The alliance between Erdogan and Gulen ended in late 2013, when Erdogan felt secure enough to discard Gulen, and shut down the numerous supplementary educational facilities he controlled. Many parents in Turkey depended on these facilities for the child’s advancement, as the state education system is not sufficient to secure admission to the state universities. These facilities were used as a powerbase by Gulen; they were a major source of income and facilitated recruitment of new followers. Soon after Erdogan announced his intention to close these facilities, state prosecutors and police controlled by Gulen revealed they had uncovered a major corruption scandal involving four of Erdogan’s ministers and hundreds of millions of dollars in bribes. The scandal was replete with juicy details of money-counting machines and millions stashed in shoeboxes in the ministers’ homes. Erdogan counter-attacked by swiftly removing, replacing, and firing thousands of state prosecutors, judges, and police officers deemed to be followers of the Gulen movement. In the last few weeks, at least 10 taped telephone conversations involving Erdogan himself have been leaked. In them, Erdogan directs his son to dispose of hundreds of millions of cash in euros and dollars from their homes; orders several businessmen to pay $100 million each toward buying a media empire that he wants controlled; demands another media owner to fire several journalists; and decides how much certain contractors must pay in return for large contracts.
In the Western world, even a hint of attempted bribery or corruption is sufficient in bringing down governments. But in Turkey, Erdogan carries on, dismissing the evidence as plots hatched by his one-time ally (and now mortal enemy) Gulen, as well as other virtual enemies, such as “parallel states” within Turkey, and, predictably, external enemies such as Israel, the U.S., the European Union, and the “interest lobby,” all jealous of Turkey’s fast growth. Erdogan’s latest move is to try to win back the nationalists who were charged and jailed for attempting to topple his own government; as a result, most of the jailed “deep state” leaders have been released, including the former army chief of staff and other commanders; one of the masterminds of the Hrant Dink assassination; the racist lawyer who hounded Hrant Dink for “insulting Turkishness”; the politician who was charged for stating “The Armenian Genocide is a lie” in Switzerland, and with whom the European Court of Human Rights recently sided in the name of freedom of speech; an organized crime leader who arranged several contract killings of anti-nationalists and Kurds; the murderers of a German and two Turkish Protestant missionaries in Malatya; and several other ultra nationalist/racist intellectuals and journalists.
While these divisions have emerged among the Turks of Turkey, the Kurds of Turkey have made major advances toward greater autonomy, language rights, and self-determination—a struggle that began in the 1980’s as a guerilla movement and, more recently in the 2000s, has become a political movement. The imprisoned PKK leader Abdullah Ocalan imposed his will on Erdogan, who conceded to peace talks in exchange for a ceasefire.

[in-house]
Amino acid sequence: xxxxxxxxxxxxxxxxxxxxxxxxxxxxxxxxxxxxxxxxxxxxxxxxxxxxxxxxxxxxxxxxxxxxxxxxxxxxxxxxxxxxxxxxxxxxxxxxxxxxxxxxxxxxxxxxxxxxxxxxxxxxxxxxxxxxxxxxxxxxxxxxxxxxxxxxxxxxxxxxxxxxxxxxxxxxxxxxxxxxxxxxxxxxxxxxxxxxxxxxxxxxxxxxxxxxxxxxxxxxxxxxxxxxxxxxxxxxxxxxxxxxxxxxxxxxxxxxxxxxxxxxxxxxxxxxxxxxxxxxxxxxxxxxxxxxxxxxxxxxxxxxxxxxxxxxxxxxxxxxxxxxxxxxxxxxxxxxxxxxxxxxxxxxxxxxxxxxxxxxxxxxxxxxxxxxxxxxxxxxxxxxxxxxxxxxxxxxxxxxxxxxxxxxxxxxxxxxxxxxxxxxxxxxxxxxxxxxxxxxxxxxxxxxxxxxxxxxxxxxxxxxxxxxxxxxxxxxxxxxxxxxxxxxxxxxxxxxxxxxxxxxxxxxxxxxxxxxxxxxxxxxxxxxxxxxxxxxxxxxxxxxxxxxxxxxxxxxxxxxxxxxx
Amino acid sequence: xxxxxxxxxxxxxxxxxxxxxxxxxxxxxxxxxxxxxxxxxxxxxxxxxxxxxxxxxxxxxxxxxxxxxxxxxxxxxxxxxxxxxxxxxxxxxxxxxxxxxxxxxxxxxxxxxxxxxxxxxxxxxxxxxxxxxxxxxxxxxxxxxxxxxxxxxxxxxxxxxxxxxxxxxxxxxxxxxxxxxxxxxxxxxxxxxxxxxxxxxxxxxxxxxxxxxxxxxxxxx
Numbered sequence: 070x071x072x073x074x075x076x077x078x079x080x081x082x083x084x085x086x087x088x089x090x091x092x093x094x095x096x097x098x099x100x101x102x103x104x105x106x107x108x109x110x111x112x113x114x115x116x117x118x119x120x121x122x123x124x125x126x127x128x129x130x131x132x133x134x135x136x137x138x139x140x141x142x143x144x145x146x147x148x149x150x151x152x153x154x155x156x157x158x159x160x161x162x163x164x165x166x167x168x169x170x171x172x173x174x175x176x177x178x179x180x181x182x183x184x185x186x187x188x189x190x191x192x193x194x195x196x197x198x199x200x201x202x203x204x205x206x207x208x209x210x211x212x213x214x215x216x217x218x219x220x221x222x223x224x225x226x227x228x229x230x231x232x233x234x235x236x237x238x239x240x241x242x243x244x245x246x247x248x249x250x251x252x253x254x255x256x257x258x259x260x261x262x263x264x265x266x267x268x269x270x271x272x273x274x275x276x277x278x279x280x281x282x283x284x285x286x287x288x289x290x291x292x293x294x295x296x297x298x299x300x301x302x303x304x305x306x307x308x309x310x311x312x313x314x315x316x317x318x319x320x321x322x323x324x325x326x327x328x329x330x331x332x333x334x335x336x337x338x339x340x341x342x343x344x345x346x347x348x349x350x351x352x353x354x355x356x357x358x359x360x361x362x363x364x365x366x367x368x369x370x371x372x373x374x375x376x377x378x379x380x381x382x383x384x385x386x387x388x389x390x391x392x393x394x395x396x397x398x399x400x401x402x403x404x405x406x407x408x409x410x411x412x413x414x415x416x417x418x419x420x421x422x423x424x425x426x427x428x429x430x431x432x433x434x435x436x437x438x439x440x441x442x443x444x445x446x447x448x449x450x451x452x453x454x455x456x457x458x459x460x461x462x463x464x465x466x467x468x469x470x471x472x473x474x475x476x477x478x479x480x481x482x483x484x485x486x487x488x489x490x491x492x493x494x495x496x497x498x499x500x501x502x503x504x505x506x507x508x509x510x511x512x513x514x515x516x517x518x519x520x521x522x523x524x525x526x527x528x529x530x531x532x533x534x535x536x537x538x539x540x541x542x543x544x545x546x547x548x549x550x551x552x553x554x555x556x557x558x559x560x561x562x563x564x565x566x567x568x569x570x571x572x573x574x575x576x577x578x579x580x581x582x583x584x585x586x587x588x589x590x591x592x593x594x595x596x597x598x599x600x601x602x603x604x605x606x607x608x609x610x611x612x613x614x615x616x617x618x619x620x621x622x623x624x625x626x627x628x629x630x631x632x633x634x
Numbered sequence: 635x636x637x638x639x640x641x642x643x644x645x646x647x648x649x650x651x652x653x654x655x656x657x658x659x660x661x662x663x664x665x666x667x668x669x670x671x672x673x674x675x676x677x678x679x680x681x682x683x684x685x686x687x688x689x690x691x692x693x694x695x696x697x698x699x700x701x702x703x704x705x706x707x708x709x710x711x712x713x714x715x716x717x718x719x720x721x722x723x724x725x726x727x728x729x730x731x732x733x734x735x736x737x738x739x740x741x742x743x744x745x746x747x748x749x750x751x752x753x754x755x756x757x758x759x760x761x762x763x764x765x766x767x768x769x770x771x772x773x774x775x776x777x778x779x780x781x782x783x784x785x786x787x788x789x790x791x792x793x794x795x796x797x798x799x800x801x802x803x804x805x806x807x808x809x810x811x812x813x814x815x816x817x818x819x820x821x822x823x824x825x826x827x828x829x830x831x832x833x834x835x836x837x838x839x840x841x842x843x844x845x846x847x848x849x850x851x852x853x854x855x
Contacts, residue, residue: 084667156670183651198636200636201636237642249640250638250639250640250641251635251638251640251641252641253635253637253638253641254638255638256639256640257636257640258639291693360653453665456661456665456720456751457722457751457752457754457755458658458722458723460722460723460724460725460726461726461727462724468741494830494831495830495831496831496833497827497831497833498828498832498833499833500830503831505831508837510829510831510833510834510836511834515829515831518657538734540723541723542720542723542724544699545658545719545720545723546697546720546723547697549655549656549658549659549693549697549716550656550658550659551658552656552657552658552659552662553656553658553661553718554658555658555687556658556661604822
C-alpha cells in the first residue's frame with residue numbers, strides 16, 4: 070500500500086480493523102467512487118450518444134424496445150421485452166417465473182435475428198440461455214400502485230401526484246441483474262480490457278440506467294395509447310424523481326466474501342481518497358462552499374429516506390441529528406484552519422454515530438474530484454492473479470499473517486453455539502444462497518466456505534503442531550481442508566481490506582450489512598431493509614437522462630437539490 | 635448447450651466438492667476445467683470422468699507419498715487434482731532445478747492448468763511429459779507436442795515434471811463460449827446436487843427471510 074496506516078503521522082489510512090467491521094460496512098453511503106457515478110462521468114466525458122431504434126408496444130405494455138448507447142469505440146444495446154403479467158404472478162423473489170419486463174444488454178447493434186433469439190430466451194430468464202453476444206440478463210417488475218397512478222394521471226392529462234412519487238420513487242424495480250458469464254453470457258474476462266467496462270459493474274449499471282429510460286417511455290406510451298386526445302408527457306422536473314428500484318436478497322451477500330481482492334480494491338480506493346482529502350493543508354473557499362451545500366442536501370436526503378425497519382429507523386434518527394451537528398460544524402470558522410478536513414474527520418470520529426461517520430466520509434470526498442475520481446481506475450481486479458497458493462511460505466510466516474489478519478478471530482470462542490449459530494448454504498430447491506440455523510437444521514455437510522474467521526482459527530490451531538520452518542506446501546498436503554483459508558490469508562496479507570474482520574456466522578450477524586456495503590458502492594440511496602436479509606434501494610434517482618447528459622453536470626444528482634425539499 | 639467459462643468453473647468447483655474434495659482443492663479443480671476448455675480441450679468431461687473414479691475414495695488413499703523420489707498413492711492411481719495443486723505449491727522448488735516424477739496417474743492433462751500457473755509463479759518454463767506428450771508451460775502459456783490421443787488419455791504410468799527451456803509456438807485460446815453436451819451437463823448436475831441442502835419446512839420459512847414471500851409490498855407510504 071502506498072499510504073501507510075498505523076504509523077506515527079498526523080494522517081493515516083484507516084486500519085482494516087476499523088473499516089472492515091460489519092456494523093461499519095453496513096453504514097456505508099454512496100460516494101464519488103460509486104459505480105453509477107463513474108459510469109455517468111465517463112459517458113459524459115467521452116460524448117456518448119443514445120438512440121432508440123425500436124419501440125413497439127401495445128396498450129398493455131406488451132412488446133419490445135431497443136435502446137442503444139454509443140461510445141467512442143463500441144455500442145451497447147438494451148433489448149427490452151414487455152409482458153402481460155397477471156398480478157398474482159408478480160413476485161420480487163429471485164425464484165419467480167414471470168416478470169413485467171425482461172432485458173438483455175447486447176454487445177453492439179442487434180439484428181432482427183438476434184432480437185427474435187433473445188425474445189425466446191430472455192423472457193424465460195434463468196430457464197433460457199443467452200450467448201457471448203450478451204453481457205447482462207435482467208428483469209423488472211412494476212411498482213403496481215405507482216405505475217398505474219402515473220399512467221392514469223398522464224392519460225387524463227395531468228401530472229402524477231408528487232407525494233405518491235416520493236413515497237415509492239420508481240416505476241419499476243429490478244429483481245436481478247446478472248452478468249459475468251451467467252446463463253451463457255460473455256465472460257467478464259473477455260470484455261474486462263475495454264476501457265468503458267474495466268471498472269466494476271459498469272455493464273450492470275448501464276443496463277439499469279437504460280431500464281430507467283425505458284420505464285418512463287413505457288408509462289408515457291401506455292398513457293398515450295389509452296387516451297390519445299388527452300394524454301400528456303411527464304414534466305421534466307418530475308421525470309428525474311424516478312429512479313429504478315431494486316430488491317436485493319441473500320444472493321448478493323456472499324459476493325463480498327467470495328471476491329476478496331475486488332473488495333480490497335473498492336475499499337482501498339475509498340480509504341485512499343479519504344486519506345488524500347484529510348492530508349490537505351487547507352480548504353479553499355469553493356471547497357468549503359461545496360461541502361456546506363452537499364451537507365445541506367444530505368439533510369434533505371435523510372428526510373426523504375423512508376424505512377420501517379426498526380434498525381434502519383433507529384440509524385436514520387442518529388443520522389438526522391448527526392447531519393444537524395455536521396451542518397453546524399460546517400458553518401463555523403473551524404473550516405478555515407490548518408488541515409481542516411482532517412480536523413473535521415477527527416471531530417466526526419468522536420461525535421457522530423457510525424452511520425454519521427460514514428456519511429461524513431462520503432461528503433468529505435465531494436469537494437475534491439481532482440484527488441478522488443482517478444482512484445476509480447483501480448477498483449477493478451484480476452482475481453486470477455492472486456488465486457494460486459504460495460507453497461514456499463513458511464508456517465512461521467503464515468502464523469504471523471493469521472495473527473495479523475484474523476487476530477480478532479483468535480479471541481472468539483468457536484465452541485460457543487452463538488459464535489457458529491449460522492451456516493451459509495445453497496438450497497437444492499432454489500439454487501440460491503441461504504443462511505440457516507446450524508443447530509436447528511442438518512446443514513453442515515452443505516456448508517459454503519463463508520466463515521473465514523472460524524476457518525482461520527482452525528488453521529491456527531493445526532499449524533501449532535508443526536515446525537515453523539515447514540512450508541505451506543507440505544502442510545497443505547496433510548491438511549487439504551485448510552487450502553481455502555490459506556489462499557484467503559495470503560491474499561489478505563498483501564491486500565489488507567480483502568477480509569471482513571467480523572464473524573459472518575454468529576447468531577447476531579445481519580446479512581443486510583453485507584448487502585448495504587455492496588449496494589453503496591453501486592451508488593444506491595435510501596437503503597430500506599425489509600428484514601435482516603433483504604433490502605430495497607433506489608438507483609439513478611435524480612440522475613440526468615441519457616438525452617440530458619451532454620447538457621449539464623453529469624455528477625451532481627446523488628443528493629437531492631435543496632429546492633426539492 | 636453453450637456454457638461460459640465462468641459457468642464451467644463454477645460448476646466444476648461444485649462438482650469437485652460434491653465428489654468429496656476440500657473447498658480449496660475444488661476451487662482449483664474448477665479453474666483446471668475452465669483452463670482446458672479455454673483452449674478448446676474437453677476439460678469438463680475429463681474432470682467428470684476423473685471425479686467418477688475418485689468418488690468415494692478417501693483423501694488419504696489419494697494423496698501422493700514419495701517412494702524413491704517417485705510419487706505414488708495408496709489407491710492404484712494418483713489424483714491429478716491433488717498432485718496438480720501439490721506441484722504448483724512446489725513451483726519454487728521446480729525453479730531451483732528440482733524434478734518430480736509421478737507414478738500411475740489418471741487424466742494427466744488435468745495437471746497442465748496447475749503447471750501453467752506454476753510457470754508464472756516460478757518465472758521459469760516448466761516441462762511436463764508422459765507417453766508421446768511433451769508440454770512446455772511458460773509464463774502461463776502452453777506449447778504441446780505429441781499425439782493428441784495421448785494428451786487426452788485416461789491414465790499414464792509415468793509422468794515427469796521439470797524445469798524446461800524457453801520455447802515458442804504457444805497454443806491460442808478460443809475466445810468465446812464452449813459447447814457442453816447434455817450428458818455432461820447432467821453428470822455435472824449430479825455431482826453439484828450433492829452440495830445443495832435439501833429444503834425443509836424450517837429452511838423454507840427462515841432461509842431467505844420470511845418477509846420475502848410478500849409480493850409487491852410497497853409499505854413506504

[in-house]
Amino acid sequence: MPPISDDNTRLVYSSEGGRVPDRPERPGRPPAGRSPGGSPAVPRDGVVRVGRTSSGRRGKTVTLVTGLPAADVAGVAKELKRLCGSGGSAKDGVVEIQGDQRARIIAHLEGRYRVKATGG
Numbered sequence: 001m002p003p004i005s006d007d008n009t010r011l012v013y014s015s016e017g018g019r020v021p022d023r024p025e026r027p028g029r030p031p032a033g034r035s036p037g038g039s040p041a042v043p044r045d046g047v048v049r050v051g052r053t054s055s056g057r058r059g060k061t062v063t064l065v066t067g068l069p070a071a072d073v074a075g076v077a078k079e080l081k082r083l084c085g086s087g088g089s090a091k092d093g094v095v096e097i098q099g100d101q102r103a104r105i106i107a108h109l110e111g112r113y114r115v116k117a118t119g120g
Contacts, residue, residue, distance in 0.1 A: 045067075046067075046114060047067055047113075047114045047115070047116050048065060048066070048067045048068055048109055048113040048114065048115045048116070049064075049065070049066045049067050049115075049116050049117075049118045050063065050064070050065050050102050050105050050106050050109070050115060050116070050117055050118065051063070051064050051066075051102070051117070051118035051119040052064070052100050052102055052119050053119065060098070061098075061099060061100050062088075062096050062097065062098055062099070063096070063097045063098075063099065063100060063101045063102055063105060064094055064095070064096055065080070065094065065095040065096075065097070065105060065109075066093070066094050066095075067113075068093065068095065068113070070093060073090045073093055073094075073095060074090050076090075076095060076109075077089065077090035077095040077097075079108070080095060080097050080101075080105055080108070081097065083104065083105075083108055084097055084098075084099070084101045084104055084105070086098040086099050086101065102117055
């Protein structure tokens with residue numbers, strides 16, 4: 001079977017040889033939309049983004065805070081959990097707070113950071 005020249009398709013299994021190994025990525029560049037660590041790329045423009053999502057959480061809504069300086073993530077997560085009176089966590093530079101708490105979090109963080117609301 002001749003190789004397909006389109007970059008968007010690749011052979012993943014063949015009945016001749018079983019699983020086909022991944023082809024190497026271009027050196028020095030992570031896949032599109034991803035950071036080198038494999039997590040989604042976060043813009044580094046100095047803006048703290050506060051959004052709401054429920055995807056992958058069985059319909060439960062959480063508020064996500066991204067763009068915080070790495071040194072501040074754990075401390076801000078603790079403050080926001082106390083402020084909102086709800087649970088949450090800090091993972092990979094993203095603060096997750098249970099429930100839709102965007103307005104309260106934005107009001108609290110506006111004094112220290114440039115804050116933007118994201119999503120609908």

Even though the four major divisions within Turkey—the “deep state,” the Erdogan people, the Gulen people, and the Kurds—keep fighting and plotting against one another, they come together and close ranks when it comes to the Armenian issue, past and present. The Turks themselves categorize Armenians into three distinct groups (in a completely misguided manner): the Good, the Bad, and the Poor. The small Armenian community in Turkey is the Good, as it is easily controllable and no longer a threat, possessing neighborly memories of shared dolma or topik. They’re Good, that is, as long as they don’t ask much about the past or present, like Hrant Dink dared to. The Armenian Diaspora is the Bad, with its evil presence in every country poisoning locals against Turks and Turkey, and spreading lies about the “alleged” genocide of 1915. Finally, the Armenians who recently left Armenia to come to Turkey to find bread are the Poor. The Kurds, on the other hand, have more empathy toward the Armenians; however, it is mainly because “the enemy of my enemy is my friend.” Although Ocalan came close to acknowledging the genocide, he has empathy only for the Good Armenians in Turkey and continues to define the diaspora as part of the external lobby threat against both Turks and Kurds. While the Kurds (barring a few exceptions) acknowledge the sufferings of the Armenians in 1915, they cannot bring themselves to acknowledge the active role they played in the genocide, nor open the subject of returning the vast properties seized from the Armenians.
Those Armenians who believe in meaningful dialogue with the peoples of Turkey now face the additional challenge of choosing one or more of these groups at the risk of alienating the others. The prospect of any productive result, however, becomes dimmer by the day. Nevertheless, dialogue does continue, with the involvement of civil society organizations and intellectuals, and more significantly through the emerging force of Islamized Armenians of Turkey. Dialogue must and will continue until all four groups start to see that all Armenians, whether in Turkey, the diaspora, or Armenia—and whether good, bad, or poor—were all equally impacted by the genocide and equally demand acknowledgment and restitution.